The small town of Erie, Colorado narrowly voted down an “emergency” one-year fracking moratorium in a 5-4 vote in January.
Erie trustees say instead of imposing a moratorium, they will work with the oil and gas industry to address community concerns about noise, truck traffic, and setbacks from housing while allowing oil and gas development to continue.
This is the latest defeat for environmental lobbyists who have attempted to end fracking in Colorado through a series of municipal and county bans and moratoriums. Erie joined Loveland, Longmont, Fort Collins, Lafayette, and Broomfield in striking down or overturning fracking bans and moratoriums.
One Erie trustee said his rejection of the moratorium was based on concerns about high litigation costs potentially arising from the act. “We were elected to represent our citizens and do what we honestly believe is best for the town, and I don’t believe that enacting a moratorium is what is best for the town,” trustee Waylon Schutt said in the Longmont Times-Call (January 27). “I think it will hinder our ability to negotiate [memorandums of understanding]. I think it will send a lot of taxpayer money toward litigation,” Schutt said.
Expensive for Taxpayers
John Eick, the Energy, Environment, and Agriculture Task Force Director for the American Legislative Exchange Council (ALEC), says property owners should be allowed to lease their mineral rights, which they are unable to do when a state or locality imposes fracking bans.
“States also rely on revenue generated from severance taxes to provide citizens with important services, including healthcare and education. If localities disallow fracking, states will be challenged with finding other sources of revenue such as increased income taxes. Furthermore, given the regulatory patchwork that can arise if localities start regulating drilling, the oil and gas industry will have a more difficult time operating in the region,” Eick said.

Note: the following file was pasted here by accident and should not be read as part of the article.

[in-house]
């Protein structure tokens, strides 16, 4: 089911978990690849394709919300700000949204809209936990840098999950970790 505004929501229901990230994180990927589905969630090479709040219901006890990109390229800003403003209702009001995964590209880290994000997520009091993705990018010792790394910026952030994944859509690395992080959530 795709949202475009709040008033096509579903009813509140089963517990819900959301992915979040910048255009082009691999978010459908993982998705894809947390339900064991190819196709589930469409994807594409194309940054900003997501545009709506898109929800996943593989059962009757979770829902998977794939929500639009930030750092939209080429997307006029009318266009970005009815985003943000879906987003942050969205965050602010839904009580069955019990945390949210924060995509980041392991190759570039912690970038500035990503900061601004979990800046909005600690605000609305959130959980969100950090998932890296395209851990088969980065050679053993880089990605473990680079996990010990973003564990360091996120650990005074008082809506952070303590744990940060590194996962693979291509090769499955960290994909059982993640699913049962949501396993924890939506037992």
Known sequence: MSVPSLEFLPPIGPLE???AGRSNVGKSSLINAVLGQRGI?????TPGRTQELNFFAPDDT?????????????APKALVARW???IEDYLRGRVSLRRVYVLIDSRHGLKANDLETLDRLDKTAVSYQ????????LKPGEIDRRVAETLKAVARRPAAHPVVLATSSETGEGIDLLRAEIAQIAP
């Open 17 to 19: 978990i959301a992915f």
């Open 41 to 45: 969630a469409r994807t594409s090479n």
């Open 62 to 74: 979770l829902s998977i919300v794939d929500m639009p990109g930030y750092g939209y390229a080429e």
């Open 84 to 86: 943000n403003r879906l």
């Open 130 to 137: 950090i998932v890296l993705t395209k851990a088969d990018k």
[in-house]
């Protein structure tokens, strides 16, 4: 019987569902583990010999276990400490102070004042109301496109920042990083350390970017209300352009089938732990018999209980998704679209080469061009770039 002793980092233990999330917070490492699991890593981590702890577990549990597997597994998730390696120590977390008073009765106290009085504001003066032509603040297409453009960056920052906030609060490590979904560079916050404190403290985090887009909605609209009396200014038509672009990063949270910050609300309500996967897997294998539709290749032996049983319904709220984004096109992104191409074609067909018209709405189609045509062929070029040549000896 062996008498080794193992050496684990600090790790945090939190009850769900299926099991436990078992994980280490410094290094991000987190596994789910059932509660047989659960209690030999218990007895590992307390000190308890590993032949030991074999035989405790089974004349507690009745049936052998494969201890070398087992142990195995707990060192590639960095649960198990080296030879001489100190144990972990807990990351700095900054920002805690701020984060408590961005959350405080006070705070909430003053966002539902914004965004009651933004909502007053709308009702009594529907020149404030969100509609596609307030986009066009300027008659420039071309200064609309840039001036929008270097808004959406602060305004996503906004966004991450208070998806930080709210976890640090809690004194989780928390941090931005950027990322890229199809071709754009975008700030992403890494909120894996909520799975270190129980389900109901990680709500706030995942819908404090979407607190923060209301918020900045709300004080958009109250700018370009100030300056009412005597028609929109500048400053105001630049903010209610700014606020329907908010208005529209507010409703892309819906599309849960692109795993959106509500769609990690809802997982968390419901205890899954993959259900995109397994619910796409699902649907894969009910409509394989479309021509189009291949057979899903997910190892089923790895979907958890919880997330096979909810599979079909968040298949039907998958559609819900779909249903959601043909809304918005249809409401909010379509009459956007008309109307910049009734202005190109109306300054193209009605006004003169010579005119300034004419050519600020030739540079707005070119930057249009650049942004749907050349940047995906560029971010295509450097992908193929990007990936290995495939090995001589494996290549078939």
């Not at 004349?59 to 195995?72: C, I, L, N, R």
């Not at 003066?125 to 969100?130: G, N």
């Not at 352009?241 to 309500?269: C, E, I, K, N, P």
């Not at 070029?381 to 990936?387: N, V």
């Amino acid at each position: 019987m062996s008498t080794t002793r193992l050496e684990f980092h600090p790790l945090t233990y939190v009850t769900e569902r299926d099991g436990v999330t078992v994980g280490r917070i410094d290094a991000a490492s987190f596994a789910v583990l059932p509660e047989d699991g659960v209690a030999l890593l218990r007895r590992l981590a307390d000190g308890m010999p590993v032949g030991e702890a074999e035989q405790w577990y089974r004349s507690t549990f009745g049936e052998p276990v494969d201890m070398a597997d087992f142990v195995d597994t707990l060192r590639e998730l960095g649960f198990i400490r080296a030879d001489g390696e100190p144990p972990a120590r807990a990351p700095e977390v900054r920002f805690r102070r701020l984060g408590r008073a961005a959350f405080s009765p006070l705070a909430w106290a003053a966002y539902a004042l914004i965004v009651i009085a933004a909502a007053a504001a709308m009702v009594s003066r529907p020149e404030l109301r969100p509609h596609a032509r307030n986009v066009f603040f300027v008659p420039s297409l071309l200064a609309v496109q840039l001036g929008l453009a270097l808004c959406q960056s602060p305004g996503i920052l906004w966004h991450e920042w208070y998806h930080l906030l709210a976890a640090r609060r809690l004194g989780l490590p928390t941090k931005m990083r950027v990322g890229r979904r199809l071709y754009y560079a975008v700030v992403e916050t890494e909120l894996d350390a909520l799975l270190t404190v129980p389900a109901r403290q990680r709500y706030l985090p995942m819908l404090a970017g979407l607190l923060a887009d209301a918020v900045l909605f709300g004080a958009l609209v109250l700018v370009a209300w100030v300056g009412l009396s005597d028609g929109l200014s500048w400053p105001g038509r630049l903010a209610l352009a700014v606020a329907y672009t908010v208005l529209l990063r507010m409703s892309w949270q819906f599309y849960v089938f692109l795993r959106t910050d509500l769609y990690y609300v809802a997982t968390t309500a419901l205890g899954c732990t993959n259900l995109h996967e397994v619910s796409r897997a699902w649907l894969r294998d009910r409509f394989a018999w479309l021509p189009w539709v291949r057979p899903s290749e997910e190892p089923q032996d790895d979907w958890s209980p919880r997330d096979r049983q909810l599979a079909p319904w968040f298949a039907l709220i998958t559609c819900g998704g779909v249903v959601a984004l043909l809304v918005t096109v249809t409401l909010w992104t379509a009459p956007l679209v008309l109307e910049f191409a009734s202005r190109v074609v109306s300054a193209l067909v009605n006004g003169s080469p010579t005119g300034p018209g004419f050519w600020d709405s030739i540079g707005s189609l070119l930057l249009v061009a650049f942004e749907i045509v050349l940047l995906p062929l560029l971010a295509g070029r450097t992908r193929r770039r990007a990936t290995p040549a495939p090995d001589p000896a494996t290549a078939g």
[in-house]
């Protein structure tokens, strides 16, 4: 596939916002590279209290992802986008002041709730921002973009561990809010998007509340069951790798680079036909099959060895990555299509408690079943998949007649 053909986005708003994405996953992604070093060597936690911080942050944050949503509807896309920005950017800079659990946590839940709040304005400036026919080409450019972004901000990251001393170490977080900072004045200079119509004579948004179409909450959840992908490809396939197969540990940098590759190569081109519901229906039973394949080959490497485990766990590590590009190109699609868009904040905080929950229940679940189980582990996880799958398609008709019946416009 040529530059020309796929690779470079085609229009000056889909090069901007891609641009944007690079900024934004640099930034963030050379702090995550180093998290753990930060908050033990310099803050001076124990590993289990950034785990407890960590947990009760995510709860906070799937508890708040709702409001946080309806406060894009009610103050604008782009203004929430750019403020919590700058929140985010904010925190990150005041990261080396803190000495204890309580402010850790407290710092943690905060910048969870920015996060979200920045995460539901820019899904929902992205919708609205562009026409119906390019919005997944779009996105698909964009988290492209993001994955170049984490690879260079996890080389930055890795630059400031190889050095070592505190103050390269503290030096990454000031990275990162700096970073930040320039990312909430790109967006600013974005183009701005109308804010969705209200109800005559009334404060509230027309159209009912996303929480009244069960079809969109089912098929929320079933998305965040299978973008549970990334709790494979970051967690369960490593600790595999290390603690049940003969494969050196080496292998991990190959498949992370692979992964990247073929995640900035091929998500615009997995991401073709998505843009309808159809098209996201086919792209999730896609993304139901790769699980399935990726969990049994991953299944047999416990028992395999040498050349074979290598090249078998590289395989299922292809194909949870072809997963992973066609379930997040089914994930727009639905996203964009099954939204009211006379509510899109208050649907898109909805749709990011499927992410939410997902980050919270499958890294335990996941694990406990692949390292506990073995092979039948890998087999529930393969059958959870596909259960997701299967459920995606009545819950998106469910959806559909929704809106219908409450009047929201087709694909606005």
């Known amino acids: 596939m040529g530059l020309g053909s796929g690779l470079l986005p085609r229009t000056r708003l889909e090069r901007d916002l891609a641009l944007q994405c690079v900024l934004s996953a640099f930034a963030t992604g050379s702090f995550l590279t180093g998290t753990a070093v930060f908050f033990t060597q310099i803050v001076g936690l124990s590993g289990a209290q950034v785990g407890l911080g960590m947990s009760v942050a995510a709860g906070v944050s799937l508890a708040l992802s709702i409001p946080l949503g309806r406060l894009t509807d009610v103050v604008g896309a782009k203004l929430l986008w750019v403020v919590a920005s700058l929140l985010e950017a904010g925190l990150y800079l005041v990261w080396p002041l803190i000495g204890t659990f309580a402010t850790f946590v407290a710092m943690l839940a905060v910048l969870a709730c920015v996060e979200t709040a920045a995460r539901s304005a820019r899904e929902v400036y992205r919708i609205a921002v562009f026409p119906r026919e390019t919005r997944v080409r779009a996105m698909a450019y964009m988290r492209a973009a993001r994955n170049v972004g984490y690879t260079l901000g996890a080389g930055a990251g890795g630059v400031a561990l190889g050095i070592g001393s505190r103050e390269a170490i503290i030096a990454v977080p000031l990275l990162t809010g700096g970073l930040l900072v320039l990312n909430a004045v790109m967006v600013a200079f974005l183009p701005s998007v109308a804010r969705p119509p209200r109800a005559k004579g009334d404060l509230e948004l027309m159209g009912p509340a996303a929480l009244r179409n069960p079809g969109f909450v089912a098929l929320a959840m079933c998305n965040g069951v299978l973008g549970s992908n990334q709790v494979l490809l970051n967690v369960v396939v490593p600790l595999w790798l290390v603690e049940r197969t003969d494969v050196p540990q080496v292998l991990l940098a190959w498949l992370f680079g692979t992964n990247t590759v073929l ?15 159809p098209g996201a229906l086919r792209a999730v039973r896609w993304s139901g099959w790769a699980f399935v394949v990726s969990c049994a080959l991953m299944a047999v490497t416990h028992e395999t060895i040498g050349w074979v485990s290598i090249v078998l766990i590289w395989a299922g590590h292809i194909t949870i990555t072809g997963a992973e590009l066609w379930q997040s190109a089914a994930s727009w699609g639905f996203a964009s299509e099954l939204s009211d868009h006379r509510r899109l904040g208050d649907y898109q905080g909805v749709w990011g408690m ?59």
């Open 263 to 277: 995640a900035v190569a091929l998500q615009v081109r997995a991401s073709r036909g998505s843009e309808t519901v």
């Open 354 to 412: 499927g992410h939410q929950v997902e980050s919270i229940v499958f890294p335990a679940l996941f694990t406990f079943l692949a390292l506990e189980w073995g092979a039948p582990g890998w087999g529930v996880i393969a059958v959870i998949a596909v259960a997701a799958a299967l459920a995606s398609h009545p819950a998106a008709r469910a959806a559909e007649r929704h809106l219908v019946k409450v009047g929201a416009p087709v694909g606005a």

The trustees who rejected the ban may have been influenced by the fact that mineral rights owners are increasingly organizing to protect their interests from challenges by environmentalists in several states, including Colorado, where lawmakers are already considering a set of bills requiring municipalities that impose moratoriums or bans on oil or gas production to compensate land and mineral owners.
Daniel Simmons, vice president for policy at the Institute for Energy Research, says local governments, even ones close to Boulder, Colorado, understand denying people’s property rights will come at a high cost.
“Many of these [anti-fracking] protests come from out-of-towners who have no real interest in the local community. Local communities confront the benefits and cost of new development and make better decisions because it directly affects their lives,” says Simmons.
Landowners Fighting Back
By one estimate, Boulder County taxpayers could be on the hook for as much as $1 billion if mineral-rights owners prevail in lawsuit they filed against the county over the oil and gas drilling moratorium it put in place until 2018. This figure, from an analysis released in the summer of 2014 by Netherland, Sewell & Associates, an international petroleum-engineering firm, includes expected revenue from royalties, sales, and various fees mineral owners could potentially expect if drilling were allowed on their property and the wells proved productive.
Isaac Orr, a research fellow at The Heartland Institute, publisher of Environment & Climate News, says in Colorado the state government has the primary authority to regulate oil and natural gas production, which is why state courts overturned local bans enacted in Longmont and Fort Collins. Orr recommends municipalities contemplating fracking moratoria or bans carefully consider the potential legal liability facing their residents and the possible costs cities may have to bear to compensate mineral owners for lost revenues.
“This reality has not been lost on local elected officials, who are wary of enacting a ban that will prompt a lawsuit from the oil and gas industry they are unlikely to win. Local officials would rather allocate limited municipal resources to other areas and work with energy companies to set reasonable standards for compensation for road degradation and other local matters,” Orr said.
Kenneth Artz ([email protected]) writes from Dallas, Texas.